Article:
Judges routinely order someone detained without bond, but give them the option of release to Pre-Trial Services. However, Pre-Trial Services in turn, often require judges to explicitly order pretrial release, rather than give the defendant the option for Pre-Trial Services... The Clinic has observed defendants stuck in limbo, in which the judge passes the buck to Pre-Trial Services and Pre-Trial Services passes the buck to the judge, with neither taking full responsibility for the release of the defendant.
The endgame to this hamster wheel of non-decisions is that “people get stuck as two systems fail to act,” as Lotridge puts it. As a result, people “authorized” for release stay in jail, a problem that’s particularly serious in the Covid-19 era.
“We’ve had less than five jury trials since March,” Lotridge says. “If they decide not to release a defendant, they could be in jail for a year before they get anywhere near a trial date."
The pandemic underscored the obscenity of the situation. Last spring, at a time when Prince George’s County was being described as the “epicenter” of a coronavirus outbreak in Maryland, the Prince George’s County Jail was a hot spot within a hot spot. Department of Corrections Director Mary Lou McDonough at the time was comparing jails to “cruise ships without the views or amenities.” Reports began to leak out from inside the jail that prisoners weren’t being educated about Covid-19, and precautions were limited to giving inmates one paper mask and “one or two bars of soap when they arrive.”
The situation deteriorated to the point where the Civil Rights Corps filed a class-action suit on behalf of prisoners, accusing the PG County Jail of fueling a health crisis by failing to take basic steps to protect detainees.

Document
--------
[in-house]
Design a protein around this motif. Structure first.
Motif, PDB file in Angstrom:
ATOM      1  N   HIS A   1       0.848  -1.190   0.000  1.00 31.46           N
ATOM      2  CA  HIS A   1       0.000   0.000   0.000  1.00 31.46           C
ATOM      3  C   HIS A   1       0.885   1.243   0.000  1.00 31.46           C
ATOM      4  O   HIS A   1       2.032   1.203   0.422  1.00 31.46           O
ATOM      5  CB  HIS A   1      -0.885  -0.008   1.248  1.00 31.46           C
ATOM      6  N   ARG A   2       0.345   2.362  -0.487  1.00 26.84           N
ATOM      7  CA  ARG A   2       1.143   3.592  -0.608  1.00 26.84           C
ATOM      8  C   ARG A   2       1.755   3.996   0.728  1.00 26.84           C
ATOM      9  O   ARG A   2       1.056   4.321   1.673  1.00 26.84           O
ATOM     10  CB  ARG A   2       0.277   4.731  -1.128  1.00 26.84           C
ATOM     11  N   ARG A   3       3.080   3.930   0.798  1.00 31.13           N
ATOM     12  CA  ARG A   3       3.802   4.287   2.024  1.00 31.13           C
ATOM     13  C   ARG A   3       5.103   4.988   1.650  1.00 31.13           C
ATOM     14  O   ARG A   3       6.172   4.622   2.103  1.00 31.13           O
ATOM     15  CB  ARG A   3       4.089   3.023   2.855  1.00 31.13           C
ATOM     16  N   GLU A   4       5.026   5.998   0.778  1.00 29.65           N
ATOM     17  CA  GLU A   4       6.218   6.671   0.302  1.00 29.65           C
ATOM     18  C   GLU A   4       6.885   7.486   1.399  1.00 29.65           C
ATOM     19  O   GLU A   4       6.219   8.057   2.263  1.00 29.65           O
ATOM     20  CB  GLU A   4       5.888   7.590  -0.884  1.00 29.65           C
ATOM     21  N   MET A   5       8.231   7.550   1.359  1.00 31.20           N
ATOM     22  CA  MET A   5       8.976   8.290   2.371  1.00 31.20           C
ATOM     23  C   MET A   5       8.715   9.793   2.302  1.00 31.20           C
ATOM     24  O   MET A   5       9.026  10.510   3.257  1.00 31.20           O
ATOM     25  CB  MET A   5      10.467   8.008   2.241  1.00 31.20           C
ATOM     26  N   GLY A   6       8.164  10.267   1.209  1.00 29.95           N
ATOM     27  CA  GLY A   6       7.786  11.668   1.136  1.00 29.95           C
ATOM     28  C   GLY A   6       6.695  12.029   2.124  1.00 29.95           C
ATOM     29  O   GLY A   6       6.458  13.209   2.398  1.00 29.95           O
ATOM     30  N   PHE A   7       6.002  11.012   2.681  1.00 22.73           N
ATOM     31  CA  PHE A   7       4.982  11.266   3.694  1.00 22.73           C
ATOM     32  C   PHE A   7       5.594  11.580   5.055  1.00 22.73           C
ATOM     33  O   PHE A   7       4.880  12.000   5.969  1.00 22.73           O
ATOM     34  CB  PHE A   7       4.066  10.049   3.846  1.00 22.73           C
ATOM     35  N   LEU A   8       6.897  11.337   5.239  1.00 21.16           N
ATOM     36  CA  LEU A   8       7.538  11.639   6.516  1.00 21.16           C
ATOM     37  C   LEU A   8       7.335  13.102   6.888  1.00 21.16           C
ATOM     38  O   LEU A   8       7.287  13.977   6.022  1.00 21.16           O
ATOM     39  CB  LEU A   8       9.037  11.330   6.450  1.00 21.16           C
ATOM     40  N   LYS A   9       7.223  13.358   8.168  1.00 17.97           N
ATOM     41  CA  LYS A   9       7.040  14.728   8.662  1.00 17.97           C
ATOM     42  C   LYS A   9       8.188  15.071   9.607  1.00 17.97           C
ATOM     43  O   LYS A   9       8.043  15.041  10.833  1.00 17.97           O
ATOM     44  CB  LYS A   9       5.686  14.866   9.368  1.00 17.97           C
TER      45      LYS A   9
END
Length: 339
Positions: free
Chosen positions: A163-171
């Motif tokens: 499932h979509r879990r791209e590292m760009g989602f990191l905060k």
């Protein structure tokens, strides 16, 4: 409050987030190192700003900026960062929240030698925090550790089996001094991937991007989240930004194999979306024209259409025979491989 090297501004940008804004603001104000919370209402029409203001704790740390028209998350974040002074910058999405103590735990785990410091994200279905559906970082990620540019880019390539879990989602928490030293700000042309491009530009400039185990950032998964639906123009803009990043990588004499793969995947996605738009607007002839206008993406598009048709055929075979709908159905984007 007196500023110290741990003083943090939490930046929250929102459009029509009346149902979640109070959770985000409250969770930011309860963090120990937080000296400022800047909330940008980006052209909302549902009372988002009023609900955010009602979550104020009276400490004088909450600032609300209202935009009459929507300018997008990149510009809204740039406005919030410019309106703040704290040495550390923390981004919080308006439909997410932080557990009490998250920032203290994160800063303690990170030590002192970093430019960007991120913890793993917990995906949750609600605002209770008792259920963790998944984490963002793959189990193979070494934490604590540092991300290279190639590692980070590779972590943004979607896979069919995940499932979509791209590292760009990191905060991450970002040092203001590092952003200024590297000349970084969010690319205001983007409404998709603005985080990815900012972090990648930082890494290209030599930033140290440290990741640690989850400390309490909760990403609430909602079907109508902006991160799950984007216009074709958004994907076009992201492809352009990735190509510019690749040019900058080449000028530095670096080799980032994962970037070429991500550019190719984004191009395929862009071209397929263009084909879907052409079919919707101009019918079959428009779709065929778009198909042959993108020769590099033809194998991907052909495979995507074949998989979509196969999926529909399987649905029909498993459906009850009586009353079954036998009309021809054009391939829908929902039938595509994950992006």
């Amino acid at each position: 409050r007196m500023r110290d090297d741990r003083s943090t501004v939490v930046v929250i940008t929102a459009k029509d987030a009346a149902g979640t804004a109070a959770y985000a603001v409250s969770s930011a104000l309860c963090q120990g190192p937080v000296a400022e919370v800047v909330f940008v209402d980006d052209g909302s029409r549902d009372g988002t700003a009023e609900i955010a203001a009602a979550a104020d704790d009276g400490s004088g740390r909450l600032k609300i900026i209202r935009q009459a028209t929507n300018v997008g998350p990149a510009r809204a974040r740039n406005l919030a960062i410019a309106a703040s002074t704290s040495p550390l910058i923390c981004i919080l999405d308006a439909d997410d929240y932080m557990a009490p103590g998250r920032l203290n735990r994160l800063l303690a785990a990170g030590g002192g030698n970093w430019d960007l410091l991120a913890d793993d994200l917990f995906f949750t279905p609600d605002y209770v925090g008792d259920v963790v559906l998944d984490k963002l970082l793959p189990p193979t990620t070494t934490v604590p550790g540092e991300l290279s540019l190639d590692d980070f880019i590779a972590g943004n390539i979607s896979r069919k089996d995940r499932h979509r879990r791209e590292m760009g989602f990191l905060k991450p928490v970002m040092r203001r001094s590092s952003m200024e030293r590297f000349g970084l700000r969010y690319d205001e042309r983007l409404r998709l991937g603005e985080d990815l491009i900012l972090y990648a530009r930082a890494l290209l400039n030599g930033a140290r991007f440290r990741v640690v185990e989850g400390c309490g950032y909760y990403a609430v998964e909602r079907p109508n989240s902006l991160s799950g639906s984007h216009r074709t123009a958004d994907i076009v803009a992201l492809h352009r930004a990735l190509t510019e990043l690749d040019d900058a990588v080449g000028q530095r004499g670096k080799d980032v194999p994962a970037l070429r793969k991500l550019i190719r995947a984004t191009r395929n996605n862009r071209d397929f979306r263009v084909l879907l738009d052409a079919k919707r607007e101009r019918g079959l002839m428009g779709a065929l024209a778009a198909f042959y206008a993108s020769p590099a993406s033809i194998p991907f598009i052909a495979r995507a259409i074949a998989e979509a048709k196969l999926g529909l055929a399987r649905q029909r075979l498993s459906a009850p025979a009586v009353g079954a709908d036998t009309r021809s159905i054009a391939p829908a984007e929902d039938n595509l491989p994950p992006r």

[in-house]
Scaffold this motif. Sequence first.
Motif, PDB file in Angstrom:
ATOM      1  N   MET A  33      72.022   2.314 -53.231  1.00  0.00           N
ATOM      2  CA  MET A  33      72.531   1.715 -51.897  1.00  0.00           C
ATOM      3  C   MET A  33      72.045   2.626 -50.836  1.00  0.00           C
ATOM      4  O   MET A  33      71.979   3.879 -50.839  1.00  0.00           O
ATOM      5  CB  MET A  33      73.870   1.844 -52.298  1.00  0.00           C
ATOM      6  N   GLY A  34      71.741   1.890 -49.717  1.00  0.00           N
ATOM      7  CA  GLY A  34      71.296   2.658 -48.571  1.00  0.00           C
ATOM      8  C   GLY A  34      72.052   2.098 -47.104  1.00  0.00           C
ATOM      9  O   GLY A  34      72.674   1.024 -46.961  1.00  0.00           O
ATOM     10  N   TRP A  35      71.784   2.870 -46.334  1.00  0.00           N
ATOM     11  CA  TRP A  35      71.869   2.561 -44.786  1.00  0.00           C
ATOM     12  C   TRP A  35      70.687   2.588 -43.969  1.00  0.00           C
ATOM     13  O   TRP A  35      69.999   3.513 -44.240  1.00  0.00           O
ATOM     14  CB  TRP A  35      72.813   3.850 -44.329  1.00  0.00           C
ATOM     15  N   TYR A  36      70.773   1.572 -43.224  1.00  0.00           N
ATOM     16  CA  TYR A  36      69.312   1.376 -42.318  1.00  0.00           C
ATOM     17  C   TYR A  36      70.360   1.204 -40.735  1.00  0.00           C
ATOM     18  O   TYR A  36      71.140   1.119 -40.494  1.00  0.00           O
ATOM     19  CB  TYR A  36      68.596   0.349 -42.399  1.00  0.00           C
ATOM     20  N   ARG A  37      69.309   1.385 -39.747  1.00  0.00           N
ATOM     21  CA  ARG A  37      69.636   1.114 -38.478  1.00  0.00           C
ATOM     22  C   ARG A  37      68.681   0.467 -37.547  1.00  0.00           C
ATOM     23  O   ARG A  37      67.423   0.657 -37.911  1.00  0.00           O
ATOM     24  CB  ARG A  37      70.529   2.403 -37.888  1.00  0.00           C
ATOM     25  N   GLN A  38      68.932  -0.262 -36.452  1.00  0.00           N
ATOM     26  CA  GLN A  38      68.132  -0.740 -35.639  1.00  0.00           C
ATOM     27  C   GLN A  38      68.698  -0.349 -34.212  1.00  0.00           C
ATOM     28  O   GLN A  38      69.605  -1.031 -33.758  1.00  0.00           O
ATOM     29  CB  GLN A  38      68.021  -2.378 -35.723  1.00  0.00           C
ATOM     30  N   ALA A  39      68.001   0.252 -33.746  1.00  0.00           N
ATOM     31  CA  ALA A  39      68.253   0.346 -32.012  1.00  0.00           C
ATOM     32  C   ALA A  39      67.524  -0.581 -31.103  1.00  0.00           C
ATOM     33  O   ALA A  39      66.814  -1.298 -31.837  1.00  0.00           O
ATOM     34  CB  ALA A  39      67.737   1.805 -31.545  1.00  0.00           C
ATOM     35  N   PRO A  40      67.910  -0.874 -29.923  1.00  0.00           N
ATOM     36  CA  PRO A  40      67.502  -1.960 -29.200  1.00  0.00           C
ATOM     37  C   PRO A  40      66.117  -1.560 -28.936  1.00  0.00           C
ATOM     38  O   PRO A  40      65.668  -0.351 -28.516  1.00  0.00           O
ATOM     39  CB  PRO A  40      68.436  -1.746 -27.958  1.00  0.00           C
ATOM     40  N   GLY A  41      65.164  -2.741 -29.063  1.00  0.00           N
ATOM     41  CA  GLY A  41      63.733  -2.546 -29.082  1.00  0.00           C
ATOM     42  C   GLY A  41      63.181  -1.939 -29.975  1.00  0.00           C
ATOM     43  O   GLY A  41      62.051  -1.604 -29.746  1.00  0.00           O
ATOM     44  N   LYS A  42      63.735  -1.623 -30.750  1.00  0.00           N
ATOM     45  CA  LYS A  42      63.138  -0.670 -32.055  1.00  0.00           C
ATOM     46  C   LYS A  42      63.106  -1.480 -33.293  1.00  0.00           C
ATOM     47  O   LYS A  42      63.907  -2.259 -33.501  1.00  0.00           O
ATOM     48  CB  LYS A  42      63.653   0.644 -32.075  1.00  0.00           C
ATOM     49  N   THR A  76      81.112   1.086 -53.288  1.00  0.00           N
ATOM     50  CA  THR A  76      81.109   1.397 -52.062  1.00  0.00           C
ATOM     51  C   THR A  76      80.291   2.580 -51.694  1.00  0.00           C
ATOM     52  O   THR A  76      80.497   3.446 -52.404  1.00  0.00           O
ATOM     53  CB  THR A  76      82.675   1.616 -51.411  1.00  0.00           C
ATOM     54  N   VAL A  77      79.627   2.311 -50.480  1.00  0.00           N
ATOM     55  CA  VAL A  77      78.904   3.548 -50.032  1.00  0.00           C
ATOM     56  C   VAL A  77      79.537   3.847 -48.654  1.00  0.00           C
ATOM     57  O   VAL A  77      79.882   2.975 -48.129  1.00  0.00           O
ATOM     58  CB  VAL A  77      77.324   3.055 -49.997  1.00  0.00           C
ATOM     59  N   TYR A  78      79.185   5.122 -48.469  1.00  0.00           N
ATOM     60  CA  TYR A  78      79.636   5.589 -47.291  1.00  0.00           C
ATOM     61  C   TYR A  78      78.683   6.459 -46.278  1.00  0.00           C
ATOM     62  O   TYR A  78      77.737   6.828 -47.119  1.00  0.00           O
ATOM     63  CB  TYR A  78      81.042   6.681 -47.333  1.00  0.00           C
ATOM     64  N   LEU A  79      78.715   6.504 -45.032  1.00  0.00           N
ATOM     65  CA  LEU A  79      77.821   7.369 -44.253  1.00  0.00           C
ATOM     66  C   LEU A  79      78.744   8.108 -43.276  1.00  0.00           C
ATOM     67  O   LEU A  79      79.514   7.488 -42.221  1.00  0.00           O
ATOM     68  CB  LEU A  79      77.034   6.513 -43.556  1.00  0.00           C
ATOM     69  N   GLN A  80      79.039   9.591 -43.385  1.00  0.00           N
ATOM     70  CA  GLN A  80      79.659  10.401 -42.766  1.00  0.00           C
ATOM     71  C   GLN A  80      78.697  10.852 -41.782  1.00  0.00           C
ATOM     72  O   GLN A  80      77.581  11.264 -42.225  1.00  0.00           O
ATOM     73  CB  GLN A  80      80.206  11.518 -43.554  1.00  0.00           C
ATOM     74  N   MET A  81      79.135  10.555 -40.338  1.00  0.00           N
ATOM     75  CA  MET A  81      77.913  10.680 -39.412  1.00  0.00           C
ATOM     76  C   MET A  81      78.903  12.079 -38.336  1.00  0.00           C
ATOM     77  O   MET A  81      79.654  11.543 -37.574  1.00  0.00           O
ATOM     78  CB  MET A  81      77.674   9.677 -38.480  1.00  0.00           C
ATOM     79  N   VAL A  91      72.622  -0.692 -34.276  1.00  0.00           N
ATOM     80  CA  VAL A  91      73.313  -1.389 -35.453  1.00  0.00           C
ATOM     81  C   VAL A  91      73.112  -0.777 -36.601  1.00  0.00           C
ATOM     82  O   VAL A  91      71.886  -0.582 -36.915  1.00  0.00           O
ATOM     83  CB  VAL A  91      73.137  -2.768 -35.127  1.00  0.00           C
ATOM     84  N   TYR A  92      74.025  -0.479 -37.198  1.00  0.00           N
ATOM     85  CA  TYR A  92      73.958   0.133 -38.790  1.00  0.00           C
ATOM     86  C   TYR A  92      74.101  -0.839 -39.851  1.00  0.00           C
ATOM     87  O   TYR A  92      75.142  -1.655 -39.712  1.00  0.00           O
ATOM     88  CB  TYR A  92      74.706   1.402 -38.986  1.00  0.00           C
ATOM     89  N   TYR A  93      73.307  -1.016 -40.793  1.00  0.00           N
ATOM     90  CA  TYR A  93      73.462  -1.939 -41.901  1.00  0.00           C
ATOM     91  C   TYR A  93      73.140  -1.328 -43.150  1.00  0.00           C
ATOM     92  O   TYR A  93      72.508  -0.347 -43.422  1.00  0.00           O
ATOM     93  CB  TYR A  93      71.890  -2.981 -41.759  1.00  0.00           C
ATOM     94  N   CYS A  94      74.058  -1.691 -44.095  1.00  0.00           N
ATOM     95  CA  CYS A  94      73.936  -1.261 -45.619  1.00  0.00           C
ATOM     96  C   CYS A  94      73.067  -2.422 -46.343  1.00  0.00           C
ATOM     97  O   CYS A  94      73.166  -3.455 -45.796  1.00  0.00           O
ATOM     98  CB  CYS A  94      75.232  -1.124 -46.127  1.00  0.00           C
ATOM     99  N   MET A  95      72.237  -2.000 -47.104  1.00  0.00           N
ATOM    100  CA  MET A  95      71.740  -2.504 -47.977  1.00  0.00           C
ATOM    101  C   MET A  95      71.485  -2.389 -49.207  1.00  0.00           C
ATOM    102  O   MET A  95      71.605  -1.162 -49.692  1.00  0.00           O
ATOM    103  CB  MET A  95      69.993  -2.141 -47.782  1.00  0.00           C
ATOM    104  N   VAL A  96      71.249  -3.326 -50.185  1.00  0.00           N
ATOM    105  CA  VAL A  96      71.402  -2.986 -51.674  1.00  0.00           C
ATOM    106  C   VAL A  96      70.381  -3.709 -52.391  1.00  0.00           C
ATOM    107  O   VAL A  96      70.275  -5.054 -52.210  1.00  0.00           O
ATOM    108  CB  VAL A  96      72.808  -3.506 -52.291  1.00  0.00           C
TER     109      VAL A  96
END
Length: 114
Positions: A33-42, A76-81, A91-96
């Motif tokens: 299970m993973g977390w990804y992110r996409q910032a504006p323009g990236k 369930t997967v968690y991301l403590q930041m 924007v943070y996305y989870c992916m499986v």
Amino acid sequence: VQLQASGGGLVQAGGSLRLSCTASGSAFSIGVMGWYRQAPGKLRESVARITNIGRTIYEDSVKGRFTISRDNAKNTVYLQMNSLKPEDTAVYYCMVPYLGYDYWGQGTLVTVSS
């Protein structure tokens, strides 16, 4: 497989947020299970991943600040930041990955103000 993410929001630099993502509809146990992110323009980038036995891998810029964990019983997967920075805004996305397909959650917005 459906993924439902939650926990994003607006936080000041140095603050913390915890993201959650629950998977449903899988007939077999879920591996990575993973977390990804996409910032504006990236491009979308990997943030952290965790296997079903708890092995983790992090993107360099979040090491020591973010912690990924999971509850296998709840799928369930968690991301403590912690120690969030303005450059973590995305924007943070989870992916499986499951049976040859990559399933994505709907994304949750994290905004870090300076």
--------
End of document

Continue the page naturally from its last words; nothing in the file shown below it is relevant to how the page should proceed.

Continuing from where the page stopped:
At the time of the suit, the jail was holding at least 113 people who’d been authorized for release in highly infectious conditions. They argued it was legal. As the AP put it, “The county draws a distinction between court-authorized and court-ordered releases. Its lawyers say nobody has been detained in violation of a court order.”
An additional problem, best left for a longer article, involves another step taken by this jail, and by others across the country: prisoners affirmatively ordered released but kept inside anyway, by correctional officials simply not wanting to release Covid-positive defendants into society.
As the Maryland suit described it, “The Jail also refuses to release COVID-positive prisoners—even when they have no legal basis to detain them—until the Jail deems them non-contagious.”
If and when the pandemic comes under control thanks to vaccines (we can be sure prisoners will be last in line to get those), the tally of prisoner deaths is likely to be extremely high. As of this writing, over 249,000 prisoners have contracted the disease, with 1,657 dead, a crisis surely complicated by procedures like the one Lotridge describes.
“ We have people who are dying in the jails across the country,” Lotridge says. “We can do something about it if we simply get people out of there.”
The loophole in Prince George’s County is just one example of a creeping problem of the bureaucratization of jurisprudence. In the public imagination, decisions about things like pretrial detention are legal matters, with judges weighing the risk of flight, the seriousness of the crime, and so on.
In truth, these questions are often decided by things that have nothing to do with cases, like access to money, the size of the venue’s case backlog, or the detention procedures in the jurisdiction. In this bureaucracy, as in any other, when people can pass the buck, they will, even when lives are at stake.